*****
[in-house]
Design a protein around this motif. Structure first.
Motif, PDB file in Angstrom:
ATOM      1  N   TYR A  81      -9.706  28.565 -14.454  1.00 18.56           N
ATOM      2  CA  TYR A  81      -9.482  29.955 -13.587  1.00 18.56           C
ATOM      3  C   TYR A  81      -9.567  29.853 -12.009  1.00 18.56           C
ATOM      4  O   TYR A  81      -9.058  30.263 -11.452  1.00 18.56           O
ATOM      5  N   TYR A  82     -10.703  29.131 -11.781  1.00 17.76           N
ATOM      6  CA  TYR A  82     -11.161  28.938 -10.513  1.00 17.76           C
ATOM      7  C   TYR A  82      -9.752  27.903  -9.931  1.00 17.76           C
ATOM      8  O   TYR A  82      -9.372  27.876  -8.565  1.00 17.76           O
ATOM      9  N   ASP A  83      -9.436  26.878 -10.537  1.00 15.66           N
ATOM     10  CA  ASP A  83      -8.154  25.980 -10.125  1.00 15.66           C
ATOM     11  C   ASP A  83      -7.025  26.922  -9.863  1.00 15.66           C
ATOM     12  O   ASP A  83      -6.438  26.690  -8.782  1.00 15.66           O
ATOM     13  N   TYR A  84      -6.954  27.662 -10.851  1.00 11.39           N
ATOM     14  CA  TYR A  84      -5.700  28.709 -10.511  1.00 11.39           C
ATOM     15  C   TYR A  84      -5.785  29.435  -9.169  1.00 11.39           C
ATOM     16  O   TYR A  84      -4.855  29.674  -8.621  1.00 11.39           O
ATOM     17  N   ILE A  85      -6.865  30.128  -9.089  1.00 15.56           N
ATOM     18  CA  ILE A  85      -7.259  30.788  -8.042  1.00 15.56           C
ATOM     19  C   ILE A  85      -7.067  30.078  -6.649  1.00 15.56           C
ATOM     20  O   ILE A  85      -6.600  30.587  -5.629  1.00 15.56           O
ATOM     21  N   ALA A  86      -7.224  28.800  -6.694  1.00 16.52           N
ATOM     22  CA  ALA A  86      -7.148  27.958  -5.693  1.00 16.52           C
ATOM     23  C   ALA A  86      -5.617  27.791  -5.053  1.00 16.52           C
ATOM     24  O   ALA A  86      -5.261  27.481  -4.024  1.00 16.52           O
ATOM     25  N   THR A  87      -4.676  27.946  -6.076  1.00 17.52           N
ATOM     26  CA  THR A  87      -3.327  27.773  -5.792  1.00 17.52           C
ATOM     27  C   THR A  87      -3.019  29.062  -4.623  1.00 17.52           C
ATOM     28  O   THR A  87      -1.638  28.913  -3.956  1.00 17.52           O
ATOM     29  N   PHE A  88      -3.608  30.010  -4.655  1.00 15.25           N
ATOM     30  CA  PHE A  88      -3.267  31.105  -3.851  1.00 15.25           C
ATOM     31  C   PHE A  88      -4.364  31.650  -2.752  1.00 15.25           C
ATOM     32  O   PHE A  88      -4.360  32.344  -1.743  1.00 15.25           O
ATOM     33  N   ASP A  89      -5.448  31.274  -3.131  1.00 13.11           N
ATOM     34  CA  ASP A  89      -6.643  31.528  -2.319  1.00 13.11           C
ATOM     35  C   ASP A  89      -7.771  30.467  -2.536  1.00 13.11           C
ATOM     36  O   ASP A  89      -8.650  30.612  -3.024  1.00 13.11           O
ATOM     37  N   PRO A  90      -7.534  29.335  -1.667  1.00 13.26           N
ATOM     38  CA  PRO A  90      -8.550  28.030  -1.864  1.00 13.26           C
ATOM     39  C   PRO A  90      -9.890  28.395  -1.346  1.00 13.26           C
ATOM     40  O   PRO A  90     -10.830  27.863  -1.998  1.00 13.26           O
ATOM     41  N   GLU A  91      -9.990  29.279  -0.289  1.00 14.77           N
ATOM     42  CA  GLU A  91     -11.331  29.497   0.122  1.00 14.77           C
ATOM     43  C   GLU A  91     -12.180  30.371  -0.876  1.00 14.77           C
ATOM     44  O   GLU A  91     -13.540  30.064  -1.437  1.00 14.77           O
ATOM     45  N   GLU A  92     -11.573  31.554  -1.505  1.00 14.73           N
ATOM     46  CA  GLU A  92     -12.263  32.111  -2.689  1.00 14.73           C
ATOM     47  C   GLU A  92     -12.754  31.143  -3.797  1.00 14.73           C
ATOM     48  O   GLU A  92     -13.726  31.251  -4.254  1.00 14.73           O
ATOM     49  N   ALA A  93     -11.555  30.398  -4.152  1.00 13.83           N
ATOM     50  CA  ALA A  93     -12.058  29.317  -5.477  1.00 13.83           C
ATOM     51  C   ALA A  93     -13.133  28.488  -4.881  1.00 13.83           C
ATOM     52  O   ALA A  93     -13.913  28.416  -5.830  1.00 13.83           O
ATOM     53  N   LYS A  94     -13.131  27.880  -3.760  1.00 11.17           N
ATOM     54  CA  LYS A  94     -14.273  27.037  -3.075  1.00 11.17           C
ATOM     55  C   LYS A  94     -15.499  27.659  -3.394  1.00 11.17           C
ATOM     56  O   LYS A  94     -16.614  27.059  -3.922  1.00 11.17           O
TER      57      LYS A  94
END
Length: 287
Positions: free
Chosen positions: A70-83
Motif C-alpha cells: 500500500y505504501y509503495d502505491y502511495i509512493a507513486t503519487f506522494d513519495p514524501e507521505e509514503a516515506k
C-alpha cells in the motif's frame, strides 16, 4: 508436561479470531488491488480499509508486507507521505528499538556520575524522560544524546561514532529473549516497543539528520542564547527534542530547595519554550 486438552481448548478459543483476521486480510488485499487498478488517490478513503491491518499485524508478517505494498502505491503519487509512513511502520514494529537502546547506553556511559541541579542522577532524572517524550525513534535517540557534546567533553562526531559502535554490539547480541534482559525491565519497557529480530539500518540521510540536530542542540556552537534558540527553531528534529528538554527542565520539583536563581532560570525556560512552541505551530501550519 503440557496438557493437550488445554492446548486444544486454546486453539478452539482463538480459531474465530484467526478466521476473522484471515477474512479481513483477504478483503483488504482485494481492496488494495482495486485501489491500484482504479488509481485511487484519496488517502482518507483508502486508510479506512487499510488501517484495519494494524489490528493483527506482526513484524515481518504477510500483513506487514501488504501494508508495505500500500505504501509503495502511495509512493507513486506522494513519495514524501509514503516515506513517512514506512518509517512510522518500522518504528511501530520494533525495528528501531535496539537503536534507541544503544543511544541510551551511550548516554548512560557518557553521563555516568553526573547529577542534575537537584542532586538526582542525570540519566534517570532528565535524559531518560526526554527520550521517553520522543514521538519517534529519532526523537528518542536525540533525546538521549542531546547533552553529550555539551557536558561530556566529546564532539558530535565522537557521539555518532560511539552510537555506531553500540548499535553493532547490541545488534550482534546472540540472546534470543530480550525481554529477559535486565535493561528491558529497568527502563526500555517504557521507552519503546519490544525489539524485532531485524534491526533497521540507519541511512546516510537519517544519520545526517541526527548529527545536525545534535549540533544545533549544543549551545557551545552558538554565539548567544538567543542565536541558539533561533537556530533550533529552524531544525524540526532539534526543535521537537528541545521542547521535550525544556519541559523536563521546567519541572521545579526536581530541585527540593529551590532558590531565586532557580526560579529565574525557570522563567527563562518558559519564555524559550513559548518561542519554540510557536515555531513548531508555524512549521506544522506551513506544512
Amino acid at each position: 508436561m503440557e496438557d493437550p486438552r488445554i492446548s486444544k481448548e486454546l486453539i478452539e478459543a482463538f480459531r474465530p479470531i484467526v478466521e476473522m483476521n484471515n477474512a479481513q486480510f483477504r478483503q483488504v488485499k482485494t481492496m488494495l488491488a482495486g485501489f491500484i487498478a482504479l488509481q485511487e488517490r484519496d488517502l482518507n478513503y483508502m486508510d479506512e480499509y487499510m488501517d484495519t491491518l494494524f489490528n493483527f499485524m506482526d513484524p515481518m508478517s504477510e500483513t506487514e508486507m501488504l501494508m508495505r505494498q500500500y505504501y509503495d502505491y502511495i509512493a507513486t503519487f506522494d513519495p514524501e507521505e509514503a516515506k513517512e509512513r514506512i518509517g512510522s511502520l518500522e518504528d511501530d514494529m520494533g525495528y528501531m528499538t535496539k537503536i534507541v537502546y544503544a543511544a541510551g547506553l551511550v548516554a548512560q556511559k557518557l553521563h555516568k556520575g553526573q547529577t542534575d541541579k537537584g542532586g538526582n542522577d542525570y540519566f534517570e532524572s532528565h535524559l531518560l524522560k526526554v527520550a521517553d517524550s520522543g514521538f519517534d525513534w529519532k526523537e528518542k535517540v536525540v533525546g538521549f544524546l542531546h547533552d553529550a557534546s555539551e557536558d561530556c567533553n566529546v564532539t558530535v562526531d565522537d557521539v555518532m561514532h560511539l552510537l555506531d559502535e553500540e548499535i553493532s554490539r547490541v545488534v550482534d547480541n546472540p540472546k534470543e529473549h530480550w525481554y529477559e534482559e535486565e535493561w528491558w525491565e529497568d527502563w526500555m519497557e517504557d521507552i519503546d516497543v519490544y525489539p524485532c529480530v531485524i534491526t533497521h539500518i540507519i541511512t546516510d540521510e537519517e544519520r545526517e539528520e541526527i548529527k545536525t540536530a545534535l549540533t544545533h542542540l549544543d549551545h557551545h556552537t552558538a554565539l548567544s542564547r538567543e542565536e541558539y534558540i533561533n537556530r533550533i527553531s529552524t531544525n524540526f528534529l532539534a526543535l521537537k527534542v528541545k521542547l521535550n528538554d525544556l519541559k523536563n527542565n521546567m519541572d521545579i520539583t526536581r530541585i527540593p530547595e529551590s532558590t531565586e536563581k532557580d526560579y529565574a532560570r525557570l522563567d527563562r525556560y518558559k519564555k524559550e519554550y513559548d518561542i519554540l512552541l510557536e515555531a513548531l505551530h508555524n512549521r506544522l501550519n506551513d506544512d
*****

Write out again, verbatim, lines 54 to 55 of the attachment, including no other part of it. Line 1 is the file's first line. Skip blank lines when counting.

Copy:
ATOM     51  C   ALA A  93     -13.133  28.488  -4.881  1.00 13.83           C
ATOM     52  O   ALA A  93     -13.913  28.416  -5.830  1.00 13.83           O